The choices grow limited: Is it better to be killed by the grandly styled Free Syrian Army or the unfree one? Stay or head for the border -- and, if so, which one? Turkey, Lebanon, Jordan, Iraq? Troubles wait there, too. Or stay put and hope that this, too, shall pass. But it doesn't. It intensifies.
The other night, fires swept through Aleppo's souk, the covered market in the old walled city, destroying hundreds of centuries-old shops. Flames danced where once perfumes and spices and silken fabrics from the East were laid out in rich profusion.
Syria's civil war has finally reached the largely Kurdish part of the country in the north. The Kurds had hoped to stay out of it. They can't. And won't. The war is reaching over the border. Turkey and Syria have begun exchanging artillery fire. Unlike the scenes in Syria, only a few civilians have been killed in Turkey. So far. War, like fire, must be snuffed out or it will spread. This one is spreading.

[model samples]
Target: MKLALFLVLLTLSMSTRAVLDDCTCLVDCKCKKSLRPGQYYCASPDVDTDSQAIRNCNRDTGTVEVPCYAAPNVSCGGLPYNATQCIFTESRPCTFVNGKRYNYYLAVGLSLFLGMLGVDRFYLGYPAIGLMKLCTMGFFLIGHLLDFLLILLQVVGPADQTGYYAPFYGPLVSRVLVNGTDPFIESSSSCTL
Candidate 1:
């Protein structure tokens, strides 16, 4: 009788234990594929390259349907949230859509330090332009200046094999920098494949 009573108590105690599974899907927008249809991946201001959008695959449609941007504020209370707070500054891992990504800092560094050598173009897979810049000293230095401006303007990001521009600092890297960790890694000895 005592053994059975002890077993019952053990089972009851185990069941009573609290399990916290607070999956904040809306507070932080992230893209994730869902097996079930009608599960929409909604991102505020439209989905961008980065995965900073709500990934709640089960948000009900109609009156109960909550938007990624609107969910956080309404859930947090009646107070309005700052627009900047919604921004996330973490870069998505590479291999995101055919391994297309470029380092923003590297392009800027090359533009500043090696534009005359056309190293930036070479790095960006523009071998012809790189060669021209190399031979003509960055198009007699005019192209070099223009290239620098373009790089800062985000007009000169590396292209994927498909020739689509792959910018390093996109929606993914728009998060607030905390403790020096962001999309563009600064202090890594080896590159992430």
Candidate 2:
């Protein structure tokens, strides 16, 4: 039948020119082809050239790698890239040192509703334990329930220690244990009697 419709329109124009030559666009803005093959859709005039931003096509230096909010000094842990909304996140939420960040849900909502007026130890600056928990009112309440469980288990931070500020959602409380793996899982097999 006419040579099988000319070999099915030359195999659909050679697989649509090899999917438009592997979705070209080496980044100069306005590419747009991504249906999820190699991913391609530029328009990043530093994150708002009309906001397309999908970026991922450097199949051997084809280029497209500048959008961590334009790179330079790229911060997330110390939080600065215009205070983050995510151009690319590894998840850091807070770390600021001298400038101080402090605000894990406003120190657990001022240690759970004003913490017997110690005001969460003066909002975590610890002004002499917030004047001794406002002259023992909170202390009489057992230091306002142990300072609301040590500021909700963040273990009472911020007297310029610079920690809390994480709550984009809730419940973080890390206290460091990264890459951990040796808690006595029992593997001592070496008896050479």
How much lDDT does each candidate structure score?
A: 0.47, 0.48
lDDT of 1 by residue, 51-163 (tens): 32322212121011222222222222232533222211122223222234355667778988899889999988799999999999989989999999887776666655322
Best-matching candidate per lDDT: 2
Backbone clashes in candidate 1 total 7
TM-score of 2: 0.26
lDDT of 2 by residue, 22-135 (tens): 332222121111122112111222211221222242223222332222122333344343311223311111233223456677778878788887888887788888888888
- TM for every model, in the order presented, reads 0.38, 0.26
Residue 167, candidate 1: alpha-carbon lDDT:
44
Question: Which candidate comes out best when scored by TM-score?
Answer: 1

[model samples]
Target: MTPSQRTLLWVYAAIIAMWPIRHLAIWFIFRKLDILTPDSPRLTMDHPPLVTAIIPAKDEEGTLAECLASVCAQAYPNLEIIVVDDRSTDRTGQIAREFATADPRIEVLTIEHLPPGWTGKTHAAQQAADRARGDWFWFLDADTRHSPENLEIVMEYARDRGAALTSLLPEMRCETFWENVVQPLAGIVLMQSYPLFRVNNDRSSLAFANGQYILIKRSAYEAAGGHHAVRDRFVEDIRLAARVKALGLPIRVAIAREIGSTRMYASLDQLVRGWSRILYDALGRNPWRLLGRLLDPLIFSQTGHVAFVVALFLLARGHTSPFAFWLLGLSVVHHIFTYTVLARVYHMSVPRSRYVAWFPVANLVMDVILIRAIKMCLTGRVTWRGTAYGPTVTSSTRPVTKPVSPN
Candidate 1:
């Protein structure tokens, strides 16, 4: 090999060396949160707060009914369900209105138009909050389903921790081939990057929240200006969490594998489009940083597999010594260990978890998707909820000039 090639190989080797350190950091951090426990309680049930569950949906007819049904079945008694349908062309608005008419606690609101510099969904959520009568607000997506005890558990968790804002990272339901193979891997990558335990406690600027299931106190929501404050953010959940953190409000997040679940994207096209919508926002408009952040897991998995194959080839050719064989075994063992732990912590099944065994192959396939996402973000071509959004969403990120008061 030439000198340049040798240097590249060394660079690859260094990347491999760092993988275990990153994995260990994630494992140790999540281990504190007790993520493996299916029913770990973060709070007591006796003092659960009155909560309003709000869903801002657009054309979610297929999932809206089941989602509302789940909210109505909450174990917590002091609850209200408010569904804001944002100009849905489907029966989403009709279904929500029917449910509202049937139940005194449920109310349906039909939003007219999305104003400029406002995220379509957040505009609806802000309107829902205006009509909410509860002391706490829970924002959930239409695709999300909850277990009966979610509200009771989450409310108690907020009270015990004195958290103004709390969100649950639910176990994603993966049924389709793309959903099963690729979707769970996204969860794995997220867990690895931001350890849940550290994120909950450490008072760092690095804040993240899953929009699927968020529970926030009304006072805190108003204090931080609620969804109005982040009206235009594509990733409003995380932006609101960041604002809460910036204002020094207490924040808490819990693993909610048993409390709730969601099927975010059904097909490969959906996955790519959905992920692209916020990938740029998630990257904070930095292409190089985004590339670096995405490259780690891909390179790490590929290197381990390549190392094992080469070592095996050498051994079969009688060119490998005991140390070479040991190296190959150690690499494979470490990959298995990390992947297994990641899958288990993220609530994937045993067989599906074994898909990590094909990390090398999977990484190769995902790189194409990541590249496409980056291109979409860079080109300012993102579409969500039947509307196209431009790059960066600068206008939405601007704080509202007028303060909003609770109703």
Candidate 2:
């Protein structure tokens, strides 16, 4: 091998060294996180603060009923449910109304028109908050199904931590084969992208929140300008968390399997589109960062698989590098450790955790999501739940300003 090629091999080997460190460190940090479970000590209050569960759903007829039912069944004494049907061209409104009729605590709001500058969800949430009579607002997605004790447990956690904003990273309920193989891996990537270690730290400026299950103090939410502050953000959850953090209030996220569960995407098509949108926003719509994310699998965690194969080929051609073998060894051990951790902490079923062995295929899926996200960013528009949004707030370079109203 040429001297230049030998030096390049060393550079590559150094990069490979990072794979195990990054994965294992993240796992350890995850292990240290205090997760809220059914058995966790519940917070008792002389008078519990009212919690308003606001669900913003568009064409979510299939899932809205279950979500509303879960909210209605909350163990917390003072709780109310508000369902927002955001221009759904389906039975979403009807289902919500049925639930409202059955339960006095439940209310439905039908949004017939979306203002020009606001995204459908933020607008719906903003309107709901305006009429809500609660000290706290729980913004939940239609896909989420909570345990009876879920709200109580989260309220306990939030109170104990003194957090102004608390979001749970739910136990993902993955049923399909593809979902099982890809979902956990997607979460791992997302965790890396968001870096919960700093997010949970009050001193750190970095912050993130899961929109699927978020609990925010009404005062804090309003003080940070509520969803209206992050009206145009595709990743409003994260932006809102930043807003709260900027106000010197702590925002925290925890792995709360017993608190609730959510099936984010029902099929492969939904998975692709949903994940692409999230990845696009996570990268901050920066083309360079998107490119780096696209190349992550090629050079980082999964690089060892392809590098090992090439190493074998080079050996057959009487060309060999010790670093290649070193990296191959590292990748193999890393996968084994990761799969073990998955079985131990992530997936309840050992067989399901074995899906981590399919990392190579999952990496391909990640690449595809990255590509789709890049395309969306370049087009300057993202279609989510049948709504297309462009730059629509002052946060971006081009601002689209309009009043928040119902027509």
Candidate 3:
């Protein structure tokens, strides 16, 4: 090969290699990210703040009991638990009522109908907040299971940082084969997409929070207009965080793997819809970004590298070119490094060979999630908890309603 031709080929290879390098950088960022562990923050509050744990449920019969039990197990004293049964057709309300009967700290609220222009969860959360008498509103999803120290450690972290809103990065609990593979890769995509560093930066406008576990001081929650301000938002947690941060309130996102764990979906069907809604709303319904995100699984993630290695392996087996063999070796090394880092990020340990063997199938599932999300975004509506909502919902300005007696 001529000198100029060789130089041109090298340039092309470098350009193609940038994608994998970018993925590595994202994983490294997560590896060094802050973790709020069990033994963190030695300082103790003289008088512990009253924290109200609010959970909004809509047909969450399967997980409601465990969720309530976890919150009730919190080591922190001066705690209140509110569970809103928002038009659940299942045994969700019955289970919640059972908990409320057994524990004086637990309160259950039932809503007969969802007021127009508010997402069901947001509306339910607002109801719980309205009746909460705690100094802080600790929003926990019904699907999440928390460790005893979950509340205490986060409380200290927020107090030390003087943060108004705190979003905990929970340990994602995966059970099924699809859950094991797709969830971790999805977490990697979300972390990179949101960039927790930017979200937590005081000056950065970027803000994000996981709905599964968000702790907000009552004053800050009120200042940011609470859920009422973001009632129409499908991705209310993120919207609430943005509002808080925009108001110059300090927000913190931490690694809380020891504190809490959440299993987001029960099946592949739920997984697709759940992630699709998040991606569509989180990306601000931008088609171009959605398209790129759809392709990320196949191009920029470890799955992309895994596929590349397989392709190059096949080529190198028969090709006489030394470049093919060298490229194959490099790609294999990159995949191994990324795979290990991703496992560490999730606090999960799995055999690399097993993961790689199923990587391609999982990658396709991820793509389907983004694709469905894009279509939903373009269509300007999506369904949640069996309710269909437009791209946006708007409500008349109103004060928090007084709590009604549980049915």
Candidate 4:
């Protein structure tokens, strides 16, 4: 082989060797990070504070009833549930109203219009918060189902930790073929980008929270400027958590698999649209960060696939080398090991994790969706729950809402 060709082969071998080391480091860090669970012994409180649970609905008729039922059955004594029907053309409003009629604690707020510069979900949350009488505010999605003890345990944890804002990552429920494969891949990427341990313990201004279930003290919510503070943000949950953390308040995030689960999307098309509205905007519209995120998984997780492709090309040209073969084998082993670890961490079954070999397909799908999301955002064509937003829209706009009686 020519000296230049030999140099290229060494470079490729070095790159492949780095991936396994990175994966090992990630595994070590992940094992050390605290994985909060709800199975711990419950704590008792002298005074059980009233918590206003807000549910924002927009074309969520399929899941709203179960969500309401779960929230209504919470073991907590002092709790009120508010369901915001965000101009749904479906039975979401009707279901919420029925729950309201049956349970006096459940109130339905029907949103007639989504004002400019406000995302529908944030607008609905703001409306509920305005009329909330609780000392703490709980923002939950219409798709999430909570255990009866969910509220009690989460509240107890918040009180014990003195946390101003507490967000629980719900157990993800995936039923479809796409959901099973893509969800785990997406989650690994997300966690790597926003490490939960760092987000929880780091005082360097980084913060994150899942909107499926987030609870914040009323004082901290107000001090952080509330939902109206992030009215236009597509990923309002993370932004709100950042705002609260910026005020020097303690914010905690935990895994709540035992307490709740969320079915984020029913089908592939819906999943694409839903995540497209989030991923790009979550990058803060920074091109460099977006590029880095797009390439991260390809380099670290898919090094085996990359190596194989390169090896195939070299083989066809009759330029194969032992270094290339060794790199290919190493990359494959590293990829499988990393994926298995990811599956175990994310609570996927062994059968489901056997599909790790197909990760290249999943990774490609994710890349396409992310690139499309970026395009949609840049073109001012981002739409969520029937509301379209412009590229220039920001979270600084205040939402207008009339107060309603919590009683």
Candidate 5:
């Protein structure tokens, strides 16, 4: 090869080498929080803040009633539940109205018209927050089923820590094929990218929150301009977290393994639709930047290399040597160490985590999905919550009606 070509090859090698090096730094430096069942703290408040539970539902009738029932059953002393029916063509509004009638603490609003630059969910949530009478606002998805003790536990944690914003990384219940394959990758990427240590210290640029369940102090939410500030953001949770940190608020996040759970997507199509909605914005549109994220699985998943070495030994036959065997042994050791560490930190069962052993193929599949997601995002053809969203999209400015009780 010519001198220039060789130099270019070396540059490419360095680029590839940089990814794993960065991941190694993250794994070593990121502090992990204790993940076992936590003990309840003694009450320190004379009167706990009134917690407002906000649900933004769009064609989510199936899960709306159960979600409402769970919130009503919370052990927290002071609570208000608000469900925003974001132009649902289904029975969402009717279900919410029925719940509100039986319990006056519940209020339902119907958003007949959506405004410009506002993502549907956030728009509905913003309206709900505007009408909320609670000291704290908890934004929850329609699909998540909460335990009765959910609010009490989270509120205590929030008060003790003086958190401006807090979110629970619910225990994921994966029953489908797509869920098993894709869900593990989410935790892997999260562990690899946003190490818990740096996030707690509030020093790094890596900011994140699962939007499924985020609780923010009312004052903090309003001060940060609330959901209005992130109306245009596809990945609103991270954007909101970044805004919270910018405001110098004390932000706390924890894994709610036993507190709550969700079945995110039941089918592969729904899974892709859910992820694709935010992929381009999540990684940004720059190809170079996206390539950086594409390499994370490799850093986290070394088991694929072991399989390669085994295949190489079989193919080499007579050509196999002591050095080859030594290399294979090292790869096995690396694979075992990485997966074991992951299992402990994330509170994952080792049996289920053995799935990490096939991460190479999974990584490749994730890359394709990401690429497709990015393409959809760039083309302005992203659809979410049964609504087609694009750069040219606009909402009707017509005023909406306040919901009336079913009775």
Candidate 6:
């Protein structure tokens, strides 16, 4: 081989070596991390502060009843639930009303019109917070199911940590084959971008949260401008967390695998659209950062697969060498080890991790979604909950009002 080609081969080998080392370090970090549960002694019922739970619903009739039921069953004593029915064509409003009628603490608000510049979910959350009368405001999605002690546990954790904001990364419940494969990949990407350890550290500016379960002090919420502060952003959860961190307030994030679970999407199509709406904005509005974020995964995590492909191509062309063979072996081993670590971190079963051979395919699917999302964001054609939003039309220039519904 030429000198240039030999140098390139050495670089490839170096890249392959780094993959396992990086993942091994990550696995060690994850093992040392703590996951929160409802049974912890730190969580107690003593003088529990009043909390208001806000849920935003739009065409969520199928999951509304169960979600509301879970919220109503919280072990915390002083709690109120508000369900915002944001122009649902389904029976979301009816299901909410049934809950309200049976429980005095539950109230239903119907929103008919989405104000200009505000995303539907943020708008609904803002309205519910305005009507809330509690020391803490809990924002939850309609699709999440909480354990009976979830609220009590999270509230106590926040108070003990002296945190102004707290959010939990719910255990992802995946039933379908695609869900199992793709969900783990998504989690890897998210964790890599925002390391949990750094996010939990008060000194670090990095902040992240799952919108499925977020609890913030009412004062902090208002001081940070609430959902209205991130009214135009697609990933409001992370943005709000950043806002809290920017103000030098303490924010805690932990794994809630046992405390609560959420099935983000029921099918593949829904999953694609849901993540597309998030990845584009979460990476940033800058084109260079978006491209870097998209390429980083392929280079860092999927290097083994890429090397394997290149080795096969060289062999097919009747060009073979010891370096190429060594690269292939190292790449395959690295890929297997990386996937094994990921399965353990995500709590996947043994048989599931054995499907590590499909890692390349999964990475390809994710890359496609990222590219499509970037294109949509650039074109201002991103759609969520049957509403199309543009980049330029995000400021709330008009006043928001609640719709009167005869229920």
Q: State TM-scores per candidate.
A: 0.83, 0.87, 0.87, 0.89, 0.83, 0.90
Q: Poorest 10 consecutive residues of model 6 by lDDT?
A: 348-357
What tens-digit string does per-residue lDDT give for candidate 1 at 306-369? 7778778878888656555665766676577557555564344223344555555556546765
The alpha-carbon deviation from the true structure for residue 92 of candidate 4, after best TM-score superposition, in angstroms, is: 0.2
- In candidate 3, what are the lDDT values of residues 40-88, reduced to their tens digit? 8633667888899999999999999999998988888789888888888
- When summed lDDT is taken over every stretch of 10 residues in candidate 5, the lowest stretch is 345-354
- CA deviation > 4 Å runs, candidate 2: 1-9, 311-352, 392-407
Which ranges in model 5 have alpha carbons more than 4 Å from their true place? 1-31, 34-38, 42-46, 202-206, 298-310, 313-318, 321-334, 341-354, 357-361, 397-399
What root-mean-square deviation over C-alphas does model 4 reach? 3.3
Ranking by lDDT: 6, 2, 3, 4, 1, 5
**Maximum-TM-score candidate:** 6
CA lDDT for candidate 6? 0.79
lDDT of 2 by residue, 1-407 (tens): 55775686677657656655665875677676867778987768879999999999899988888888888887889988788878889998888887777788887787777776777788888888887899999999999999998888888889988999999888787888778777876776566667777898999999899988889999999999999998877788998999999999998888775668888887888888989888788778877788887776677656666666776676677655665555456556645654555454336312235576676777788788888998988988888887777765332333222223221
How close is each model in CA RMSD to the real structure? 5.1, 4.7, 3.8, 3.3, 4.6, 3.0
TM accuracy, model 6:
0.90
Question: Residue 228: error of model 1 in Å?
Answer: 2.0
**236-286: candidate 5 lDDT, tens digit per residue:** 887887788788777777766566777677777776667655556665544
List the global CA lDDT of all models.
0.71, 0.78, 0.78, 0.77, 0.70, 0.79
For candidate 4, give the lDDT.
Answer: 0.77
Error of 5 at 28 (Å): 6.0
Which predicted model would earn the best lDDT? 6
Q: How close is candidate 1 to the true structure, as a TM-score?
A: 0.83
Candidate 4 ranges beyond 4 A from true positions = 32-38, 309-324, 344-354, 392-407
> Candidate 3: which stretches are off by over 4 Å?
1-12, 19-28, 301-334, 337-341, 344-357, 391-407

The world does little except stand by, occasionally issuing pious proclamations. See the collected works of the Hon. Hillary Clinton, our secretary of state, for a wide assortment of them. Take your choice of the most meaningless. As is customary on these occasions, solemn resolutions devoid of resolve are adopted at the UN.
Distinguished representatives of Russia, China and Iran -- the new axis of evil -- object to anything that might resemble action. Their client state might object even as it crumbles, taking as many innocent victims as it can with it. The flames spread, refugees huddle, children die. Nothing new there. Certainly not for Aleppo. It's seen this before.
In 1947, mobs rampaged through its streets protesting a vote by the UN's General Assembly to partition Palestine into two states, one Jewish, one Arab. Intolerable. Outrageous. What, the Israelites are back after all these centuries, and even want their country back? The nerve!
Enraged, the rioters burned down the old synagogue where the city's Jewish community kept its greatest treasure -- a priceless medieval manuscript known to biblical scholars as the Aleppo Codex, or in Hebrew the Keter Aram Zova -- the Crown of Aleppo in popular parlance.
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